A single class during his time at Loras College set Thomas Sullivan (‘51) on a career path that would lead to a legal career highlighted by a battle with corruption in Chicago courts, service as U.S. Attorney under President Jimmy Carter and multiple awards for public service.
As a sophomore at Loras, Sullivan took a course on constitutional law. It would prove to spark an interest that led him to obtain a law degree from Loyola University Chicago School of Law. After two years of service in the Army, he began what proved to be an illustrious career in law.
In 1968, he served as part of the counsel that successfully argued before the Supreme Court as part of Witherspoon v. Illinois that saw more than 350 inmates have their executions overturned.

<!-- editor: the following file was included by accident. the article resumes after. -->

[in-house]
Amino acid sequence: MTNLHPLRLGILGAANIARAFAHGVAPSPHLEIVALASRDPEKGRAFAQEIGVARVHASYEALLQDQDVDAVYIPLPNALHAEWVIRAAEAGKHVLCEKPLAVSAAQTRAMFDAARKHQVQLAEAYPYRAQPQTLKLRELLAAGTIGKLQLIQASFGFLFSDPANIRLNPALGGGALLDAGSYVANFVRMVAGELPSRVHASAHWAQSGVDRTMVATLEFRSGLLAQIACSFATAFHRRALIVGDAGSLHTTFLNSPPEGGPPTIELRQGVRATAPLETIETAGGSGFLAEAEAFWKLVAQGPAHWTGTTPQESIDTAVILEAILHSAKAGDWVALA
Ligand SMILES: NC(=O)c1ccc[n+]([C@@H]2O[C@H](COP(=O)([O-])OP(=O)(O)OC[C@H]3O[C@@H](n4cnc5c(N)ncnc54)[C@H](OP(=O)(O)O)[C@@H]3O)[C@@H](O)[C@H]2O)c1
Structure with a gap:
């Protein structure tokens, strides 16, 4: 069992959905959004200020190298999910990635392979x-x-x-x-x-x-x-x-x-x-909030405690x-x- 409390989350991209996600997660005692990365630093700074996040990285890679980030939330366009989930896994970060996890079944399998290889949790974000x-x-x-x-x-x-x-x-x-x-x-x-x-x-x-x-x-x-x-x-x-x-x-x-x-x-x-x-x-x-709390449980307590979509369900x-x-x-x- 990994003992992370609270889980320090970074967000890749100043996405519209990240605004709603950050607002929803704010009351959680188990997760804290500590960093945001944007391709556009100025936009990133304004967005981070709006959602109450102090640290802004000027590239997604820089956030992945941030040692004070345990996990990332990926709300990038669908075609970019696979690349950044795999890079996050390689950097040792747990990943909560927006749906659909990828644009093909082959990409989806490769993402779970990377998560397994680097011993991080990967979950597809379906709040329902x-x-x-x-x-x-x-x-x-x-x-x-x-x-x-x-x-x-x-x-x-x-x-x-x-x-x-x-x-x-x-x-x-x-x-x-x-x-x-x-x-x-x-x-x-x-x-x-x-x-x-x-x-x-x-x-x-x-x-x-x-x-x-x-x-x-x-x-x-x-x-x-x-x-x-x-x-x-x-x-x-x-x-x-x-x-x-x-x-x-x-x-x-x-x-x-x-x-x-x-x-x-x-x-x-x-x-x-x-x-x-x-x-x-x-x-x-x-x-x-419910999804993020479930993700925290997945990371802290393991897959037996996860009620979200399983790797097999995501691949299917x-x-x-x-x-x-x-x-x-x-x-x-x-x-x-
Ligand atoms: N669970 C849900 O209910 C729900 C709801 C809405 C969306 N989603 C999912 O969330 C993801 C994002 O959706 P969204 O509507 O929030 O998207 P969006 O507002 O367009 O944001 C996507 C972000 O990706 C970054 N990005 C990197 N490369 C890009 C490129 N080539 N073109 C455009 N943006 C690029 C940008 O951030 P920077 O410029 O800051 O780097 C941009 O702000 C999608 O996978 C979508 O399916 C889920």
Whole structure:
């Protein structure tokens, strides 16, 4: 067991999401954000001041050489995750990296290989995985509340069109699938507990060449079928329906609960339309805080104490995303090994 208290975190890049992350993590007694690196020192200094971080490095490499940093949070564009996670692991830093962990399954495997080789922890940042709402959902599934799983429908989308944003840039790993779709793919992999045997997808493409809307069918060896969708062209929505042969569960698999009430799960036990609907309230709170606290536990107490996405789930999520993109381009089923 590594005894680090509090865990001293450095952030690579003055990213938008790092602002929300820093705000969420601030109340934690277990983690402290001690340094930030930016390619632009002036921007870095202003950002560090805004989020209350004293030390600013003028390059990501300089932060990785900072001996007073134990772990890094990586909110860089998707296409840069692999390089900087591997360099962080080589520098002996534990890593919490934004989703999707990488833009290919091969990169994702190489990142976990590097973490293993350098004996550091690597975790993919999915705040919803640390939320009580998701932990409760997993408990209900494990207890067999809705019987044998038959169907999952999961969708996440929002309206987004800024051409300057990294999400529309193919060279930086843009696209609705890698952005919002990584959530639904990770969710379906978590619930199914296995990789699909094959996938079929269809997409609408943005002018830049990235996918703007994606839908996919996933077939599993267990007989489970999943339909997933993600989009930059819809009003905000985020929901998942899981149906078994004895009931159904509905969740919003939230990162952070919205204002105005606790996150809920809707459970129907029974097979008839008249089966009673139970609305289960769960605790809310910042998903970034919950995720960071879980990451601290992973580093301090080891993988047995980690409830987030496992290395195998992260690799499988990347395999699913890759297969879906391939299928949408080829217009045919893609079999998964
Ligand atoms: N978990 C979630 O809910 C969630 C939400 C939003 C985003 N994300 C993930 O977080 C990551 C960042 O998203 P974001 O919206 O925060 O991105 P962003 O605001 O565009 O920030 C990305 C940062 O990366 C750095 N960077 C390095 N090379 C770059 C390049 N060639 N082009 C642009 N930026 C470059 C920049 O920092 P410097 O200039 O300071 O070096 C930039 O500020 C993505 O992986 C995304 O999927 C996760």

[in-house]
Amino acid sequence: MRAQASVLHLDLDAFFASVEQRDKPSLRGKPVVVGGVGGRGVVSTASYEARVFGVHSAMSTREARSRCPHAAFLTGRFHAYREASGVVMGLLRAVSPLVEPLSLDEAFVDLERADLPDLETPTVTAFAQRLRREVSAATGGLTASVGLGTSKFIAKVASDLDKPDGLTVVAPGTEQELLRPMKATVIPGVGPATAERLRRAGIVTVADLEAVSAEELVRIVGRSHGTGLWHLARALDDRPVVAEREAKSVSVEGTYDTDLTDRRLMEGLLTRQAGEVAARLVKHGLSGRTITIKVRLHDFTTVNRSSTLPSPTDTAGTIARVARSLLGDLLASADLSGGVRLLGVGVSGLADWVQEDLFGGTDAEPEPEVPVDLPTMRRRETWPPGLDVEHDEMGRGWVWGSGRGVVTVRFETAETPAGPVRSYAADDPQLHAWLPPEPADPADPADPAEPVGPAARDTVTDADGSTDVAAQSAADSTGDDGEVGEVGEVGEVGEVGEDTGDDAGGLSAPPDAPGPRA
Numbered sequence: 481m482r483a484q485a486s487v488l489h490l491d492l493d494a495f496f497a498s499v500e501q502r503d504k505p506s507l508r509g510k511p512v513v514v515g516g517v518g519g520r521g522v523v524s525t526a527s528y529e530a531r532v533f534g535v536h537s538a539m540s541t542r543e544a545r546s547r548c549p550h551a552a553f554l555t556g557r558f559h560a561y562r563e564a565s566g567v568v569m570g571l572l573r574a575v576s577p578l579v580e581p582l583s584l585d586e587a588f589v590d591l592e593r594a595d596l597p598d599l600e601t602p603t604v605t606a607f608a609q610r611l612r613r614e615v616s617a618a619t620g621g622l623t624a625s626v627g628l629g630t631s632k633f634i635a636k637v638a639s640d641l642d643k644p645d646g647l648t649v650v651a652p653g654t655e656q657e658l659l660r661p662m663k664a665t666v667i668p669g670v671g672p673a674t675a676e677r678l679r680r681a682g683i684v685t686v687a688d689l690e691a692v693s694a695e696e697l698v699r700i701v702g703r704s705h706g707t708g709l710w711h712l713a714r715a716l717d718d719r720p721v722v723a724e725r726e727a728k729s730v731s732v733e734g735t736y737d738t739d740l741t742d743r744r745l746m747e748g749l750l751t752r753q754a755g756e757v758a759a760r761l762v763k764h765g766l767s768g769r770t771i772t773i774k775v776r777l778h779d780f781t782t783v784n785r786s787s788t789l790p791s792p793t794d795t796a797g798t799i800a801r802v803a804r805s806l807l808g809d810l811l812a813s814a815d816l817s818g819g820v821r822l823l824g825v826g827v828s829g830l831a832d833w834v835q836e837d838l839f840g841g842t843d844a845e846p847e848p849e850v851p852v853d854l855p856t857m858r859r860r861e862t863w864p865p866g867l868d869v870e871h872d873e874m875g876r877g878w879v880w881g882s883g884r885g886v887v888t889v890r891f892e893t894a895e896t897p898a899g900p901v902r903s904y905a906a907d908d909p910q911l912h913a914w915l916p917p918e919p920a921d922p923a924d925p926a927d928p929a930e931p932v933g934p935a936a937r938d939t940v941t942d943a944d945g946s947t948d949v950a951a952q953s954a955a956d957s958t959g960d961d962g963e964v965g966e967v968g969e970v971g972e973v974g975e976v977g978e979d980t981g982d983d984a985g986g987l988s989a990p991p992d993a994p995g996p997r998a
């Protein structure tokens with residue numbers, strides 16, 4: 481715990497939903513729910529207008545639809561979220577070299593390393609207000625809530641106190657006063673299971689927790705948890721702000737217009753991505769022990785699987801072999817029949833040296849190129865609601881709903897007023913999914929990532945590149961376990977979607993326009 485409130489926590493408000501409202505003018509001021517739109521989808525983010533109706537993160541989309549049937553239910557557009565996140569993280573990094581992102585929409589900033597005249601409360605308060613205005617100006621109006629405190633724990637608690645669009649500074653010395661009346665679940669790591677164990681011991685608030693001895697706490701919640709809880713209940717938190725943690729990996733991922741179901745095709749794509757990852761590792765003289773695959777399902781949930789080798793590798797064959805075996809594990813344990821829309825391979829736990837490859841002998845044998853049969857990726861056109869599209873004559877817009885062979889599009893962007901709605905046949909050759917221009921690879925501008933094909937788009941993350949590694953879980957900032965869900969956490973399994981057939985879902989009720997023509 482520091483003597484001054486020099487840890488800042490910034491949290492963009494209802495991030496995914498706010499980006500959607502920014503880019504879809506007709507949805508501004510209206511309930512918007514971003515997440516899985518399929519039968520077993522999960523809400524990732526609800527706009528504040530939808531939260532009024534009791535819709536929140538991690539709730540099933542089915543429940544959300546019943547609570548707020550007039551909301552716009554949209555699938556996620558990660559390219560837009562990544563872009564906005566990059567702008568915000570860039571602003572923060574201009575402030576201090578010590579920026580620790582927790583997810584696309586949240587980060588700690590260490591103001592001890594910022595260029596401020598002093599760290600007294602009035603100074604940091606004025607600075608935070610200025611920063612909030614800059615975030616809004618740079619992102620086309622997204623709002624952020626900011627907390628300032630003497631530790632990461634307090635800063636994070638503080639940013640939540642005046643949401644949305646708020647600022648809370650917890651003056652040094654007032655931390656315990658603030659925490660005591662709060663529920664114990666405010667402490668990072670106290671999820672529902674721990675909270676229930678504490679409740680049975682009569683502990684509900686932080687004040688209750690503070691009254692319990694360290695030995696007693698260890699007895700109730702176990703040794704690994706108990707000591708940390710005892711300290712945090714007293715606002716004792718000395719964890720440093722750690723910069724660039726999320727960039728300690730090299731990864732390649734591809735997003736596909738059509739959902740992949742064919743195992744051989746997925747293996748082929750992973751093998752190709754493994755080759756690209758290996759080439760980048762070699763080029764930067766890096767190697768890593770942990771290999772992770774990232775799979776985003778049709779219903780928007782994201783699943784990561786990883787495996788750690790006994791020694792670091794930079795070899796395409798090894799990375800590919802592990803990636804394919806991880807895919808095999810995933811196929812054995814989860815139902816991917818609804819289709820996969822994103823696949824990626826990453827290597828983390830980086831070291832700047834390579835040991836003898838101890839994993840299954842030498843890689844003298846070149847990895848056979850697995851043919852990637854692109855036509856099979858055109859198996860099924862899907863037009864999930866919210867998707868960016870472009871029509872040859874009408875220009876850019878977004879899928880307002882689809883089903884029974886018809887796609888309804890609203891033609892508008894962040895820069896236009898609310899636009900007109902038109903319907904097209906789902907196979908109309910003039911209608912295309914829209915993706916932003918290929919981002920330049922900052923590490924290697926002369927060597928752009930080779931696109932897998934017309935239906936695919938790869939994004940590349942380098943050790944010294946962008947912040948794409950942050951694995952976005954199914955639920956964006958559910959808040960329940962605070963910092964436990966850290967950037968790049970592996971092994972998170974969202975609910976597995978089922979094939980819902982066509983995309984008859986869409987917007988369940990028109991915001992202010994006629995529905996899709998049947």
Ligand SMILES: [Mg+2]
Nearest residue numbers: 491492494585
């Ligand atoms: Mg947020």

Named United States attorney for the Northern District of Illinois in 1977, Sullivan took on corruption in the Cook County Court System through a sting operation called Operation Greylord that resulted in the indictments of 92 officials.
In 2003, Sullivan received the American Bar Association’s John Minor Wisdom Award for his contributions to public service and the community.One year later, he was named Chicago Lawyer magazine’s Person of the Year. In 2007, he received The American Lawyer’s Lifetime Achievement Award.
Sullivan passed away in his home in Willmete, Ill. on May 18. He was 91.
The New York Times published a comprehensive obituary to mark his passing. You can read the full article here.